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Global Volcanism Program | Image GVP-05174

The Veidivötn fissure system, which extends 100 km SW from Bárdarbunga volcano, has been the source of major eruptions during the Holocene.  A large, dominantly explosive eruption at about 870 CE from the Vatnaöldur crater row, which extends diagonally across the center of the photo, deposited tephra over much of southern Iceland.  The Vatnaöldur eruption originated from a 42-km-long fissure and produced 3.3 cu km of tephra at the time of the settlement of Iceland, forming the the Landnam (Settlement) tephra layer.  Photo by Ingibjörg Kaldal (Icelandic National Energy Authority).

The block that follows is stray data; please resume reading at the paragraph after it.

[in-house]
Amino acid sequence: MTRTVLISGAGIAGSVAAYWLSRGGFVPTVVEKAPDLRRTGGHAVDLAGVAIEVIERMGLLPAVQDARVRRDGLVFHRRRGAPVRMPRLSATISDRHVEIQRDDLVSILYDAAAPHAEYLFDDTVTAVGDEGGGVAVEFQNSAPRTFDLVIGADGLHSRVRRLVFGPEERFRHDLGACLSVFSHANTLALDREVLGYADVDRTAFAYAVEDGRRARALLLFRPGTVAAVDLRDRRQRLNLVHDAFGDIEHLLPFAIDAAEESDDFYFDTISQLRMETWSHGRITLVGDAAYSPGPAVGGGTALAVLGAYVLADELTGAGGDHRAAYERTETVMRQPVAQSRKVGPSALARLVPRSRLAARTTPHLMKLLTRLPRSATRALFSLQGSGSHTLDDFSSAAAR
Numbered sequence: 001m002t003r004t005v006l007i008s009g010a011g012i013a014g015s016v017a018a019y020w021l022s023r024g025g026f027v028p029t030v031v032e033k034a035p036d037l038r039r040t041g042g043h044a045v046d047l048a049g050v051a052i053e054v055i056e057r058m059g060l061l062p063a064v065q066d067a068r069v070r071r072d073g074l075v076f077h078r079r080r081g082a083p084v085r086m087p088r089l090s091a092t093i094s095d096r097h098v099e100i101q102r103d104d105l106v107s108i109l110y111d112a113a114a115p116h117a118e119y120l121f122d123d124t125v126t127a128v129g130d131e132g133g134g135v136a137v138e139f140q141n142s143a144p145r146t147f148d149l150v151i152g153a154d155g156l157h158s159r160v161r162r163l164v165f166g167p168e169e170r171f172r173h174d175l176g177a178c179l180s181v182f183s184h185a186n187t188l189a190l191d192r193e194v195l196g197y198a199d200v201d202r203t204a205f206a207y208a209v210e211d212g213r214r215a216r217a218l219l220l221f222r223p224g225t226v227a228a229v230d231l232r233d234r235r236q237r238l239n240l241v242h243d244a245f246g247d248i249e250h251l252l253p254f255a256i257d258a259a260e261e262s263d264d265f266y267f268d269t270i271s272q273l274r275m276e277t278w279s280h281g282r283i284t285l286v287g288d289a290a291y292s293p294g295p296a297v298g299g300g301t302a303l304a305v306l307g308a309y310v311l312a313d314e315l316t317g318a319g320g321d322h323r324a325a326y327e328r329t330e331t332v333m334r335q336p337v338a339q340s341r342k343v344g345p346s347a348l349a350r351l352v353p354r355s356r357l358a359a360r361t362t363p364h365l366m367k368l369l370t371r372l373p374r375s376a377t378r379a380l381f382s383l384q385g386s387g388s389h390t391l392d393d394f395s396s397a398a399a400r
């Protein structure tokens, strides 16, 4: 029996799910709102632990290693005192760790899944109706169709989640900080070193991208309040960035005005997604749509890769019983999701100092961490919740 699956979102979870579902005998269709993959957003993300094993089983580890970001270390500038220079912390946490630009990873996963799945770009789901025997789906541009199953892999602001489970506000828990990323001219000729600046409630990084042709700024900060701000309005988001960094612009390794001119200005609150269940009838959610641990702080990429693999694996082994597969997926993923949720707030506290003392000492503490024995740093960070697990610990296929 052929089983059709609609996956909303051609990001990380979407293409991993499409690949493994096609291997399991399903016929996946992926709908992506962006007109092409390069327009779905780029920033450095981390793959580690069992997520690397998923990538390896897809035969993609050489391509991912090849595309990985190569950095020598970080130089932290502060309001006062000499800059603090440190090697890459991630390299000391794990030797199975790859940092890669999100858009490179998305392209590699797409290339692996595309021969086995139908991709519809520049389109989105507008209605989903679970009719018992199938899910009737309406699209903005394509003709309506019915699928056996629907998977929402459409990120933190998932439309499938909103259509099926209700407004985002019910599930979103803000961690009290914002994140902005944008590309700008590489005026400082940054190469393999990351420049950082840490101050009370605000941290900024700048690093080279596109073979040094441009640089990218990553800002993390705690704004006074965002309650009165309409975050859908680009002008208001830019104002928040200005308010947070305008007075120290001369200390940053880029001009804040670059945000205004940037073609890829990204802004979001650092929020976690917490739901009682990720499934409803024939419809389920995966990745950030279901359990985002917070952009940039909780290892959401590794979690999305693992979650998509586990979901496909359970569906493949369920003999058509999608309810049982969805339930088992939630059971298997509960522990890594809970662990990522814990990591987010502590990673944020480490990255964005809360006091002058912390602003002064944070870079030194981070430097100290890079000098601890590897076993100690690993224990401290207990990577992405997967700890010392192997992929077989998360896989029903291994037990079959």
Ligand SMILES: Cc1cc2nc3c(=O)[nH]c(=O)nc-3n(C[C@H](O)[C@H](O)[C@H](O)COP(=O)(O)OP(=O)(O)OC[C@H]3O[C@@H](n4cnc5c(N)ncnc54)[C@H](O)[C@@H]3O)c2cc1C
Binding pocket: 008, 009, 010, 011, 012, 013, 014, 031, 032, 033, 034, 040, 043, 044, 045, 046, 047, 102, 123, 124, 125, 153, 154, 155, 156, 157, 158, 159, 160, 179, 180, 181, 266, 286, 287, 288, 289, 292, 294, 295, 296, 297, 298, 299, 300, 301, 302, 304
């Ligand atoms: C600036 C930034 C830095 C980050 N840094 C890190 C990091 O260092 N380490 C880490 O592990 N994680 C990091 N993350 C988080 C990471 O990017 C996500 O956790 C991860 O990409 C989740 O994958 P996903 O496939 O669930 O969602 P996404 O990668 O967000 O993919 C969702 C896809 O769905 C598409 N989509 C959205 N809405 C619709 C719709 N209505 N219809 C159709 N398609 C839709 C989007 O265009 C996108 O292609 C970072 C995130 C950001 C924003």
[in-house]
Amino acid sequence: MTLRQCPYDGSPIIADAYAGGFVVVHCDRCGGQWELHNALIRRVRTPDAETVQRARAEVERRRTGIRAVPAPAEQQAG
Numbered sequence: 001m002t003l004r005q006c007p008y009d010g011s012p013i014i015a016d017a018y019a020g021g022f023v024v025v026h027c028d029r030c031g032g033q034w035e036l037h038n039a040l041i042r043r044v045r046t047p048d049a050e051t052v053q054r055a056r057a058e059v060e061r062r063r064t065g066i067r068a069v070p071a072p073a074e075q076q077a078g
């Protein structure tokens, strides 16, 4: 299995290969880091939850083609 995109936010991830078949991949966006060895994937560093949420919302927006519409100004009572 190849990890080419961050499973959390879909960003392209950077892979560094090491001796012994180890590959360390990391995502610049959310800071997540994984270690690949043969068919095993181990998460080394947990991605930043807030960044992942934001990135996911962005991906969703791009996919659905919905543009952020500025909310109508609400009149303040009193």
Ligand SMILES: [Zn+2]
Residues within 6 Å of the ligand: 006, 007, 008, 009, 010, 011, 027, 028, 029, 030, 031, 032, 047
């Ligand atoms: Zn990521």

The Veidivötn fissure system, which extends 100 km SW from Bárdarbunga volcano, has been the source of major eruptions during the Holocene. A large, dominantly explosive eruption at about 870 CE from the Vatnaöldur crater row, which extends diagonally across the center of the photo, deposited tephra over much of southern Iceland. The Vatnaöldur eruption originated from a 42-km-long fissure and produced 3.3 cu km of tephra at the time of the settlement of Iceland, forming the the Landnam (Settlement) tephra layer.

Photo by Ingibjörg Kaldal (Icelandic National Energy Authority).


Bárðarbunga